Suzanne thought carefully how to approach her newly-discovered relatives and decided to send a group message over Facebook. “I believe we’re family,” she wrote. She wasn’t sure if anyone would write back.

“The response from them was immediate. It was a resounding yes, that’s definitely us. They were super-eager to be in touch.” One cousin who was fluent in English sent Suzanne the message she’d been awaiting for decades: “My father Oscar and my uncle Walter are the ones you’ve been looking for. They’re still alive.” They were 87 and 91.

Within just a few days, during Passover 2021, Suzanne, her mother and other relatives set up a Zoom meeting. “It seemed like a whole lot of people on the call,” Suzanne explains. Her cousins’ spouses and kids and grandkids all crowded into the screen. Finally, her 87-year-old cousin, Oscar, came on the phone. He described how he was born in Vienna and how he and his brother Walter were sheltered in an orphanage in Belgium during the Holocaust. “He kept saying this is a dream come true. My whole life my brother Walter and I thought we were alone in the world.”

“All I knew was both of their parents were murdered in Auschwitz,” Suzanne recalled. Oscar and Walter were able to fill in Suzanne’s gaps in family history, and she was able to tell them details about their own family too. “For example, they did not know that their father…was the youngest of eight children,” Suzanne explains.

Most moving of all, Suzanne was able to show Walter and Oscar a picture of their father. The brothers had a blurry copy of the same large family portrait that Suzanne had. They knew the people in the portrait were relatives, but they didn’t know their names. All their lives, they’d assumed that Suzanne’s grandfather was their father.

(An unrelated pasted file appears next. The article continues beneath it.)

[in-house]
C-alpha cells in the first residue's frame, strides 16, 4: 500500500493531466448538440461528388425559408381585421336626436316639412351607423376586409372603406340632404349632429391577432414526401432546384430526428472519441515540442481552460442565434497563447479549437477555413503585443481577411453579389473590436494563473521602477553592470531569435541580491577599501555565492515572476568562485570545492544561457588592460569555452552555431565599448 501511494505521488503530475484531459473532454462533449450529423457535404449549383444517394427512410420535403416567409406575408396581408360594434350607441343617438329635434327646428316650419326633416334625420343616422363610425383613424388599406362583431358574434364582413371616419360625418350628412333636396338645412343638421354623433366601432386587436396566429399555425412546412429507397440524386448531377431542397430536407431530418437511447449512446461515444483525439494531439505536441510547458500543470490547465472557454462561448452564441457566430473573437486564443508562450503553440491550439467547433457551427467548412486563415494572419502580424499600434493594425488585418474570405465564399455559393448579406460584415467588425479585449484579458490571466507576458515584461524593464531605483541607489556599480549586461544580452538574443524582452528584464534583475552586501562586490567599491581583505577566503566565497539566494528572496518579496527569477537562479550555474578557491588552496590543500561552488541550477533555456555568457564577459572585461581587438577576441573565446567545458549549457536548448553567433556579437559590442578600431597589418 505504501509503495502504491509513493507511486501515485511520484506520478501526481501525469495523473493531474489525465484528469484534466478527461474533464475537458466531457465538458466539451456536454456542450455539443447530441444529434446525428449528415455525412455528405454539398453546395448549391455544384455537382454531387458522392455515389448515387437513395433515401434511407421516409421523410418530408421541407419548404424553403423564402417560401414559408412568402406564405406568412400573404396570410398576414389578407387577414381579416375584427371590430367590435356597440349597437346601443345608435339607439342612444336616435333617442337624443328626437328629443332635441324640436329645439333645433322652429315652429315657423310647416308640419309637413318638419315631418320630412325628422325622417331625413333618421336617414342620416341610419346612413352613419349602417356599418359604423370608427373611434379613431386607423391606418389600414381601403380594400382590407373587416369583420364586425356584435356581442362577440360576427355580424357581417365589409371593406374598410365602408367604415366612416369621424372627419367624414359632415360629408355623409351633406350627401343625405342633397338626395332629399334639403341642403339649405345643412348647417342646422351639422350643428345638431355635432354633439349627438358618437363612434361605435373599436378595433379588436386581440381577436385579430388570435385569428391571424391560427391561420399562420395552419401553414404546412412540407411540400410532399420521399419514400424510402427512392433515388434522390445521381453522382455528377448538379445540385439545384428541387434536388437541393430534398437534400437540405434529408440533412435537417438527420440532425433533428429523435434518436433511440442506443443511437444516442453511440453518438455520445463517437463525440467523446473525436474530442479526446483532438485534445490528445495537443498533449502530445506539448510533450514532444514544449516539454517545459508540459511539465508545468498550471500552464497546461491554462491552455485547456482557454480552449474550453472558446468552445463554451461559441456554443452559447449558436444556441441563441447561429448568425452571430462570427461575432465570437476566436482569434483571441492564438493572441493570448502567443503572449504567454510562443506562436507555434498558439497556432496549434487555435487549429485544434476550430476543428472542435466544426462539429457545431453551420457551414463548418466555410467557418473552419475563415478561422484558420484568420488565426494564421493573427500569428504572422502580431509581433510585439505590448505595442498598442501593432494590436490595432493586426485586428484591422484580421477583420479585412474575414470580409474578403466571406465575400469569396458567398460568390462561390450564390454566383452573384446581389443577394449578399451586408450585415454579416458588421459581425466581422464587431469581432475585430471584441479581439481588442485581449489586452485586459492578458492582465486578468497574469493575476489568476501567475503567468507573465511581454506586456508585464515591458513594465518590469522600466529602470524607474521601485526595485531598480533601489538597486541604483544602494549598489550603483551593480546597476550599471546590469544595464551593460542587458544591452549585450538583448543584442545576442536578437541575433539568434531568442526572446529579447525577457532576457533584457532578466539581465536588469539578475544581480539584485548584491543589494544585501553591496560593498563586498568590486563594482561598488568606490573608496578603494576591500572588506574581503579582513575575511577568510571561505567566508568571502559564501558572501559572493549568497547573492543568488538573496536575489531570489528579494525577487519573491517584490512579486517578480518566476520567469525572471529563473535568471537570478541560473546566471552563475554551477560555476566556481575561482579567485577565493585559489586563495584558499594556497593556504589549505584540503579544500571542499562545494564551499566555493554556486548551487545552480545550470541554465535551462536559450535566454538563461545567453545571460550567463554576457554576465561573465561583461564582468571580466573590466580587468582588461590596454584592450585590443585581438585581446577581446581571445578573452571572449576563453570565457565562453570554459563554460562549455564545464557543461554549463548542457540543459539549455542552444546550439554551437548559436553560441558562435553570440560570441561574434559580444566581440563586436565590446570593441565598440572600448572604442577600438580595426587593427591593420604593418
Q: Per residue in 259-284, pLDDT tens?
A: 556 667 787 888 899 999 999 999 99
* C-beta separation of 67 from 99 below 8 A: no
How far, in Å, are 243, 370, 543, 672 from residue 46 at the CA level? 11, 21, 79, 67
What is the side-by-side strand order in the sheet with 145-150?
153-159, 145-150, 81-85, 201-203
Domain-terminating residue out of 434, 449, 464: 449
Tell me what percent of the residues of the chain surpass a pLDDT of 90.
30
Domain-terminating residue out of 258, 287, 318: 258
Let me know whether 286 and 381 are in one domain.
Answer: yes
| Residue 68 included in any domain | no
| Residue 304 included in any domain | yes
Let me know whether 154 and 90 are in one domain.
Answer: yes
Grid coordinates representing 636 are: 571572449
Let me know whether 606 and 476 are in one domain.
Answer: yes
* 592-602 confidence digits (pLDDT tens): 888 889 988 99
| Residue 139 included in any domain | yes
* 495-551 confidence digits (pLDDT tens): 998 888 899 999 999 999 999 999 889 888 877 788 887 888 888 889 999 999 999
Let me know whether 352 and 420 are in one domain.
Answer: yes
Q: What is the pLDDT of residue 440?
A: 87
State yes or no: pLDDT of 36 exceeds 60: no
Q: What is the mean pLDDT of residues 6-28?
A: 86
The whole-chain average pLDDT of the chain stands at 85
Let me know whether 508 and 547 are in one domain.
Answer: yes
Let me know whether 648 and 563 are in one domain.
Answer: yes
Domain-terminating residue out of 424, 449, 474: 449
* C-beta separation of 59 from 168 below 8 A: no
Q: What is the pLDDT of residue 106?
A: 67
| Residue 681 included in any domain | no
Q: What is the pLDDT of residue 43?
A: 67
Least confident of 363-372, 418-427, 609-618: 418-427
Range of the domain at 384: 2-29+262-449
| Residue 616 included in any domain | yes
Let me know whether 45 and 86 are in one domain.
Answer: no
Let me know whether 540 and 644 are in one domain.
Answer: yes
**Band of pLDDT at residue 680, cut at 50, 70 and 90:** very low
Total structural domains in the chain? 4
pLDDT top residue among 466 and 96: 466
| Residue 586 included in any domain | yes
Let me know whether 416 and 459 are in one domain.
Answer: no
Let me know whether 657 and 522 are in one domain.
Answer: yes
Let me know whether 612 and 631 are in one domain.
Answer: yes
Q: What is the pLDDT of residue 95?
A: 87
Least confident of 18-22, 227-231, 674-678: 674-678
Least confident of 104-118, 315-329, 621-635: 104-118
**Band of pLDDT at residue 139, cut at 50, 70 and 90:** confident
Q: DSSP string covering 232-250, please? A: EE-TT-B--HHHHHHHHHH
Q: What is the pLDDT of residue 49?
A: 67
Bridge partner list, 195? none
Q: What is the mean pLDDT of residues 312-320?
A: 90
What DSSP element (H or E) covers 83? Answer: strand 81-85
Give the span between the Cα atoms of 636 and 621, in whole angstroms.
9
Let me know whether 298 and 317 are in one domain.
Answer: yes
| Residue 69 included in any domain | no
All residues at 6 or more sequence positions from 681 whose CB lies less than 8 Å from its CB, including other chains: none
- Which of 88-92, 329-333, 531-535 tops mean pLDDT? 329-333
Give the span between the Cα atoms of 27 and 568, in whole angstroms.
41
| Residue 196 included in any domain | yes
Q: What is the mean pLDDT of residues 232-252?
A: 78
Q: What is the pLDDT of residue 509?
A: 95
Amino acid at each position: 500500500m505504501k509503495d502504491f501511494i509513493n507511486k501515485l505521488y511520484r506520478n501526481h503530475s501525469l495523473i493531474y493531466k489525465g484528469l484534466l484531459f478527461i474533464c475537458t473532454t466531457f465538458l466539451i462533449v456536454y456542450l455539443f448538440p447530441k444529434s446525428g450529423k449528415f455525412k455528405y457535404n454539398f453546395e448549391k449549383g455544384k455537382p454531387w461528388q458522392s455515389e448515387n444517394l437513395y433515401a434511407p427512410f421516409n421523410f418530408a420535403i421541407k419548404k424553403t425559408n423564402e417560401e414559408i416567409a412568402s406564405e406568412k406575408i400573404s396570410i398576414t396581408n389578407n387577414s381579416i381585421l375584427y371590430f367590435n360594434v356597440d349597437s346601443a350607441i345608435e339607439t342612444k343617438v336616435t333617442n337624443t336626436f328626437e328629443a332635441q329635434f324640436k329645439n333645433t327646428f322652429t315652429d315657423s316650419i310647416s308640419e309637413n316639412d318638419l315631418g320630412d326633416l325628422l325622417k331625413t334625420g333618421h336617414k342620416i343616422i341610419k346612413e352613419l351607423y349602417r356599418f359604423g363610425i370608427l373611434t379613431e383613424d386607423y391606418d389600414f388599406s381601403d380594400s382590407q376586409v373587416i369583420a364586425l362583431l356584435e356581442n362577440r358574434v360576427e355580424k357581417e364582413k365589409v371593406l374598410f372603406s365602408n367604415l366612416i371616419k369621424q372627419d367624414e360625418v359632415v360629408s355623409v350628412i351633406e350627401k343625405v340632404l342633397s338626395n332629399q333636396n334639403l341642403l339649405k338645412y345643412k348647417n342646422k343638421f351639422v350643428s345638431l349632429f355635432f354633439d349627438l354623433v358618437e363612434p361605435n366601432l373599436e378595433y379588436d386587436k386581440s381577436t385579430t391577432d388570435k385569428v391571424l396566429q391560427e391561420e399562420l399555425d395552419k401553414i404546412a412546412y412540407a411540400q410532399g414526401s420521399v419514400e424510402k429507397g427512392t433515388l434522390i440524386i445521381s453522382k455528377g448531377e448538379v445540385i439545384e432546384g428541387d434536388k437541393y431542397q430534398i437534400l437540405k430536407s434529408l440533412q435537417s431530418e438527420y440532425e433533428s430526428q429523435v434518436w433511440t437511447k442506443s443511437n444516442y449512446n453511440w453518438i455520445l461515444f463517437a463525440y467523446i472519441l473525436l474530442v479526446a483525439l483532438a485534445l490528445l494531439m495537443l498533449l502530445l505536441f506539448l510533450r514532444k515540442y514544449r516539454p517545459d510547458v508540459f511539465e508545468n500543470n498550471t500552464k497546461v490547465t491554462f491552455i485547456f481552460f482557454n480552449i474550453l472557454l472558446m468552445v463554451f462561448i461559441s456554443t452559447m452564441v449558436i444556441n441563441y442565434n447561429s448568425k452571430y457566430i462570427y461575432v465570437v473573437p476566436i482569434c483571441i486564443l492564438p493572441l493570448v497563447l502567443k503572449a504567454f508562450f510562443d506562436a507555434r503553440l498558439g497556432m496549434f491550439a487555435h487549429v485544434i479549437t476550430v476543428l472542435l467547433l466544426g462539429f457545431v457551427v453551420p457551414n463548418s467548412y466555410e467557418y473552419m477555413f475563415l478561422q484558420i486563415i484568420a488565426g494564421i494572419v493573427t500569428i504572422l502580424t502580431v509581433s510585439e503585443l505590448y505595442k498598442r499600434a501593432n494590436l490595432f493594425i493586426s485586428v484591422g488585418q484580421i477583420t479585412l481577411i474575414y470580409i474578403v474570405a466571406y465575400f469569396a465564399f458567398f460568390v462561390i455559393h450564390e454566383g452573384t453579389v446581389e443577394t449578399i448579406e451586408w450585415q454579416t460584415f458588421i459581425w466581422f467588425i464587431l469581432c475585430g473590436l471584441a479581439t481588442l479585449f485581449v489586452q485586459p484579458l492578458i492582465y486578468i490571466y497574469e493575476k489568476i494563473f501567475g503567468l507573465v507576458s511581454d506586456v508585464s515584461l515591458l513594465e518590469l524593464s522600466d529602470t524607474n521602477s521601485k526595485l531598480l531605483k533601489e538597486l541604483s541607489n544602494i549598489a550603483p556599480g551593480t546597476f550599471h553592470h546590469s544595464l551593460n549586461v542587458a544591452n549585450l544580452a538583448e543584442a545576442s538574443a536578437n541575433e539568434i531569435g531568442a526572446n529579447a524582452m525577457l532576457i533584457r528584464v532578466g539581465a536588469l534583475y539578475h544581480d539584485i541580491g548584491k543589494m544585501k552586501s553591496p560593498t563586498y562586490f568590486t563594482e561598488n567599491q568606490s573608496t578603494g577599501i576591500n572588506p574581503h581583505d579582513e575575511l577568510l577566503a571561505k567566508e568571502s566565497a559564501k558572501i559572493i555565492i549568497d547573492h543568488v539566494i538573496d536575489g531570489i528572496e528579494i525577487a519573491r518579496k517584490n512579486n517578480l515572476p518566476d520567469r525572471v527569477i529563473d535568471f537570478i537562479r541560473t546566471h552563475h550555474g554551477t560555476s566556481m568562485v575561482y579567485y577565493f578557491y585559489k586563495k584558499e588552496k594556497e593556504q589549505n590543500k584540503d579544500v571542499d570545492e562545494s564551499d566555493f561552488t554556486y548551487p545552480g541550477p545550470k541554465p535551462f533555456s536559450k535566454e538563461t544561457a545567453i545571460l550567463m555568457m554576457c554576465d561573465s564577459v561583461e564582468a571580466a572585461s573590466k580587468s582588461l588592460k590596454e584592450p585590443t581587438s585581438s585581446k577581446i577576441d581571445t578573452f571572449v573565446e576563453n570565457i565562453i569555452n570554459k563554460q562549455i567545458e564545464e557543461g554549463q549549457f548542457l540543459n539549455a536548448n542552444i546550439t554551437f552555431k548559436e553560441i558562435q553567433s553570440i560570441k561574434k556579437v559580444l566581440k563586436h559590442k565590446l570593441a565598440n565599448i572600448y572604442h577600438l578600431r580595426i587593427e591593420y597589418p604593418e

On the Zoom call, Suzanne held up the picture of Edmund Blau with whom she’d started her research decades before. This was their father, she explained. “Since the brothers got to Israel as teen-aged orphans, I knew there was almost no chance they had these pictures.”

Suzanne and her Israeli family spoke many more times, and they invited her to visit. Last November, Israel opened its borders to tourists. It wasn’t easy to take time away – Suzanne has a demanding job and her husband has some major health challenges. But the chance to finally meet her Israeli family seemed too good to pass up.

Within two weeks, Suzanne flew to Israel. Suzanne shared her excitement in a post on a Jewish genealogy Facebook page:

“After escaping Vienna in 1938, my grandfather never found surviving family. In March, after 25+ years of searching, I found his 1st cousins, who are 87 & 91, living in Israel. I Skype with them every week, but EVERY day, they ask someone when I’m coming. So my friends, TODAY I fly to Israel to meet over 30 members of my family – a reunion 83 years in the making. I am over the moon!”

Suzanne (right) with her cousin Oscar Blau and Oscar's daughter Dafna

The evening that Suzanne’s plane landed in Tel Aviv, she had a brief moment of panic. “I just flew across the world to stay at the house of people I never met.” Any anxiety she had dissipated when outside the airport, two of her new-found cousins rushed to embrace her in a long hug. The connection they’d felt during phone calls was even stronger in person. Suzanne’s cousin told her, “My father wants to meet you tonight – he doesn’t even want to wait until tomorrow!’”

Suzanne went to meet her beloved grandfather’s cousin, Oscar: “When I saw him it was like looking at my grandfather.”

Family reunion in Haifa

Oscar kept saying that this reunion was a dream come true. His daughter told Suzanne that this was no exaggeration. “My whole life he’s always been saying that. He’s always said he feels alone in the world, that he wished he had a bigger family.” His dream finally came true.

In Haifa, Walter’s 90-year-old wife prepared an amazing Israeli meal and they gave her a gift of Shabbat candlesticks. “They all wanted to sit next to me,” Suzanne remembers. “I broke down in tears; it felt like something out of a movie. It was a homecoming… For 25 years, I’ve been looking for family.”

“Thank you so much for finding us,” her Israeli relatives said.